We moved the children’s group to a spot which afforded more safety and confidentiality. This closed in space also provided the extra benefit of more intimacy. These beautiful children all were native Ghanaians who felt more comfortable in their native language, Ga, even though they all could speak English. This would be the only time I required an interpreter during my journey. This talented individual not only mimicked my tone of voice and intonations but would stop and summarize in a passionate way all that I had said every seven to eight minutes. The children all sat on the edge of their seats and listened intently. Here was this stranger talking about something no one talks about – alcoholism and drug addiction in their families. Broken promises, family fighting, worries, verbal violence, children taking on the parental role, never knowing what might happen next, getting hurt, scared their loved one might die – we talked about it all.

I have never witnessed more exquisite, expressive faces in my life. The pain, the hurt, the fear all were etched on their faces. Much like the men at the House of St. Francis, I was putting words to personal stories they had never spoken about. The oldest bravely declared, “My Mom has a curse inside her.” “Yes,” I responded. “That is addiction and you can’t make it better.” She looked sad and yet relieved upon hearing this. Finally I asked these children to raise their hands if they were growing up in a family like I had described. Five hands immediately reached for the sky. The others looked around and were uncertain about what to do. Within forty-five seconds, all hands were raised. I put my arm up, too. I instructed the group to keep their hands raised and to look at one another. Finally I told them softly yet strongly, “You are not alone.” With these few simple words, a cascade of emotions tumbled out of the children. A handful cried, and others let out a deep sigh. After at least a minute of being with their feelings, I interjected, “It’s not your fault. No way. No how,” in a couple of different ways. More tears. More emotions.

The connection we forged, in such a short amount of time, was powerful and intense. After I offered them a few ways to care for themselves, I let them know how much I cared about them. Smiles quickly appeared on their faces. I asked if I could take a picture with them to put on my office wall so I could see them, think about them, and pray for them daily. This is a promise I’ve faithfully kept. Then we got really silly as laughter and joy filled the air. They circled around me for high fives, smiles, and hugs. No one wanted this moment to end.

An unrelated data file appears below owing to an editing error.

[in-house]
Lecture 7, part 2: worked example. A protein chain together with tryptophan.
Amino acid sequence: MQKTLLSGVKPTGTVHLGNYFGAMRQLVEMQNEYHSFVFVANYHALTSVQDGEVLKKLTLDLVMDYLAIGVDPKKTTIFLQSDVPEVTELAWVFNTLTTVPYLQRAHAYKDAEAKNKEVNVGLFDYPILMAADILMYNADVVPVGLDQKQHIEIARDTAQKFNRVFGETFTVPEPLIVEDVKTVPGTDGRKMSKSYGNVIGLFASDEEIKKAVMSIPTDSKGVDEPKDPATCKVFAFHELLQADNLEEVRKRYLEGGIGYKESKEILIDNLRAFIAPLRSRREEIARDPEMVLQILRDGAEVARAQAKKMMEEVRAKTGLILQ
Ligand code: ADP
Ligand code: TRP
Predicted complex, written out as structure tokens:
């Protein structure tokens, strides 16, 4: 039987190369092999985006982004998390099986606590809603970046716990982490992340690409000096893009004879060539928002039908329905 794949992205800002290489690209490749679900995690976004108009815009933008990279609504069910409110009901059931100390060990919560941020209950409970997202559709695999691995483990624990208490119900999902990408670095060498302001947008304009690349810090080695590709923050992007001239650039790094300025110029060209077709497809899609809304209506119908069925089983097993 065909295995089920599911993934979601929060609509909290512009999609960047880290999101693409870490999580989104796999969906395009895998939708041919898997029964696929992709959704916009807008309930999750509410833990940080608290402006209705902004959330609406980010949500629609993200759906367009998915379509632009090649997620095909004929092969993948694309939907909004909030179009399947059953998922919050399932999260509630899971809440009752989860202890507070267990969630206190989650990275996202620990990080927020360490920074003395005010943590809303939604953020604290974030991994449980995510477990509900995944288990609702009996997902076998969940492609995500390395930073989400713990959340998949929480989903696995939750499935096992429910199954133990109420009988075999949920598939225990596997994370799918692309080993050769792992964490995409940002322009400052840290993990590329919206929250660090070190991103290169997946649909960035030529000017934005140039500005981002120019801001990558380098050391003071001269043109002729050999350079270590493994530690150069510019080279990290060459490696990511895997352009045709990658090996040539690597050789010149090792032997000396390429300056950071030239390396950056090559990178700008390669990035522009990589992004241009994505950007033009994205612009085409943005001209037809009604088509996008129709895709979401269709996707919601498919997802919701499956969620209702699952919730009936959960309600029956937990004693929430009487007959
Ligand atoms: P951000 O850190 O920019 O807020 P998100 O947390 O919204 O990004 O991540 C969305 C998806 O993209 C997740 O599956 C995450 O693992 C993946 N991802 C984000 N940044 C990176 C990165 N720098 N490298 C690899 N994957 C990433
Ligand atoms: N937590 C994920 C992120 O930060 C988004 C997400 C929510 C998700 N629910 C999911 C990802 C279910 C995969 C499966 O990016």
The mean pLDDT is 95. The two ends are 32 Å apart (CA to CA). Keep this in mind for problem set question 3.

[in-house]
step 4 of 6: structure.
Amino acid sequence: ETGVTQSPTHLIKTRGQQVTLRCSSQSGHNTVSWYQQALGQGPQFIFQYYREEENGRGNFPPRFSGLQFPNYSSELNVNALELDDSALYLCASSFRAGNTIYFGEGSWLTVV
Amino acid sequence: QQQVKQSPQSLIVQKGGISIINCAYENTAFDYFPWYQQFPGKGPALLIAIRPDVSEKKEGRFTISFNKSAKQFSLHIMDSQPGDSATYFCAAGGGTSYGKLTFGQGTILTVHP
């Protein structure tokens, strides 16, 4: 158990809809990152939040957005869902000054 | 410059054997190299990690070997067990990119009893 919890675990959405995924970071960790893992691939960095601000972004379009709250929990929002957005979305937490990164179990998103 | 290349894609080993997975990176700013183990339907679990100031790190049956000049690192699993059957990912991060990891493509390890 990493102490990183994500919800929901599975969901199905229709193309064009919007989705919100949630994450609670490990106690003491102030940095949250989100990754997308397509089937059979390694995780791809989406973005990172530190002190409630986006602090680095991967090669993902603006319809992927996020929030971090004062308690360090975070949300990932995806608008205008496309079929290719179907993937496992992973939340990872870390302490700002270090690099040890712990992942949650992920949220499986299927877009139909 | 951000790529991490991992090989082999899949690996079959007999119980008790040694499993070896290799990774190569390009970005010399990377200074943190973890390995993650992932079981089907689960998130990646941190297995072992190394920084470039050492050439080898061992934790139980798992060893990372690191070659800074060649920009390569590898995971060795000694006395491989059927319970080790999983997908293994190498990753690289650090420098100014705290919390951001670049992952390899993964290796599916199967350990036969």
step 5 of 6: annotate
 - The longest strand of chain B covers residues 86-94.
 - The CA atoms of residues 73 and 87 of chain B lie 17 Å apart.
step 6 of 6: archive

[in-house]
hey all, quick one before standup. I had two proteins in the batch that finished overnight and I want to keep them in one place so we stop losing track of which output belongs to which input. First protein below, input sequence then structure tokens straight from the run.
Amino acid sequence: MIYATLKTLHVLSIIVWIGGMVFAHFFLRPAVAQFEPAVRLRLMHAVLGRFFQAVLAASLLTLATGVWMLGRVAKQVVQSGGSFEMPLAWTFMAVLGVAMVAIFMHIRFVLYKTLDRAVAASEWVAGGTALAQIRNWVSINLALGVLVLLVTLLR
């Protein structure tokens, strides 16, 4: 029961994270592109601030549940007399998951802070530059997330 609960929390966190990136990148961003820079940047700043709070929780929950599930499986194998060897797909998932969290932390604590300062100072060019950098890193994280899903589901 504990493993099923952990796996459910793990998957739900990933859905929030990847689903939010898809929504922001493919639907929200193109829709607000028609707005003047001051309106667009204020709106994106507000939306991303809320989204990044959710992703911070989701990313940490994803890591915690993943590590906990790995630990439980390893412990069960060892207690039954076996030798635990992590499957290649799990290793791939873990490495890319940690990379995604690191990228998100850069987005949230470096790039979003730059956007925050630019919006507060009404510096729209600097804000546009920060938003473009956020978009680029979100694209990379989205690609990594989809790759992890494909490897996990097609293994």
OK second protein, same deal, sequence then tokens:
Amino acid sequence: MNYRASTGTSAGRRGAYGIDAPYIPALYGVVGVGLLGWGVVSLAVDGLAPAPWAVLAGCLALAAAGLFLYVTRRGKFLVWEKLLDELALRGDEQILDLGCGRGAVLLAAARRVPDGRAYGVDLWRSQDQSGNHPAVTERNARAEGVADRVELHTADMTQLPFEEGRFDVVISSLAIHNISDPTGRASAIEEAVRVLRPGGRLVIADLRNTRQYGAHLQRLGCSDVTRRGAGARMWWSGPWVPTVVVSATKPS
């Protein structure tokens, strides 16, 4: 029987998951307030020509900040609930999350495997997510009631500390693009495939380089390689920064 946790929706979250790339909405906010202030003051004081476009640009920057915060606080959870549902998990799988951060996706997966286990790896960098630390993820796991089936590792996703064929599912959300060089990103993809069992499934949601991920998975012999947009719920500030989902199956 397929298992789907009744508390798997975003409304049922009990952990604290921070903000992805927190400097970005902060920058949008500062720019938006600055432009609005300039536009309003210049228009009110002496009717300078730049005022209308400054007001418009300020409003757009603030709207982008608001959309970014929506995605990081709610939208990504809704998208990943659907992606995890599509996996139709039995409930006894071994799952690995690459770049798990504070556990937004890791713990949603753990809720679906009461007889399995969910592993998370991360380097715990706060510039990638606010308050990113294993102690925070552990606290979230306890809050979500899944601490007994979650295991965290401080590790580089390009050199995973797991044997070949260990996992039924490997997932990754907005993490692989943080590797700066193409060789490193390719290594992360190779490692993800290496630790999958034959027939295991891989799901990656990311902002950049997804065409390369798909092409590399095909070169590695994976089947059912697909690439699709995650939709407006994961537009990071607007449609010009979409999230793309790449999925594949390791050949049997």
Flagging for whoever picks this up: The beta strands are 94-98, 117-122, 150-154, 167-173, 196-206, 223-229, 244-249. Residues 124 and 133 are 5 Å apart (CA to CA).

Even though I had a community presentation to do next, I didn’t want to leave. Our time was up, but the children stuck around as well. We talked, laughed, and basked in each other’s company. Finally the kids momentarily went off for a juice box and biscuit while I quietly sat, reflected on the experience, and thanked God for this gift. They slowly trickled back and most said their goodbyes. Now there were three little ones left. As I stood up, one put her hand in mine, another hugged me tightly around my leg, while the third playfully gave me a final high five. The young girl holding my hand looked up at me with tears in her eyes and said, “Thank you.” I got down on my knees to say goodbye to the other girl who had been hugging me. She touched my shoulder and whispered in my ear, “Love you.” Follow up would be provided by the Service Club members.

So far from home, yet in many ways really not. I’ve been reminded that the fatal disease of addiction is devastating all over the planet. I learned once again that children everywhere hurt from it, no matter where they live. The confusion, guilt, shame, and anger; I know it all too well. The blessing of help, hope, and healing can be ever so close if we just invest in services for these often silent and invisible kids. I realized that being rich isn’t a function of material possessions but rather the quality of relationships we make through life. Here I went across the planet to especially meet little ones who live a life so different than mine, yet we connected in such a profoundly spiritual way. I’ll always remember their courage, strength, and remarkable resilience. I’ll never forget their laughter and tears. I went all the way to Ghana to teach a bunch of kids. They taught me so much more than I ever taught them.

I will never forget.

Jerry Moe is the National Director of the Hazelden/Betty Ford Center Children’s Programs.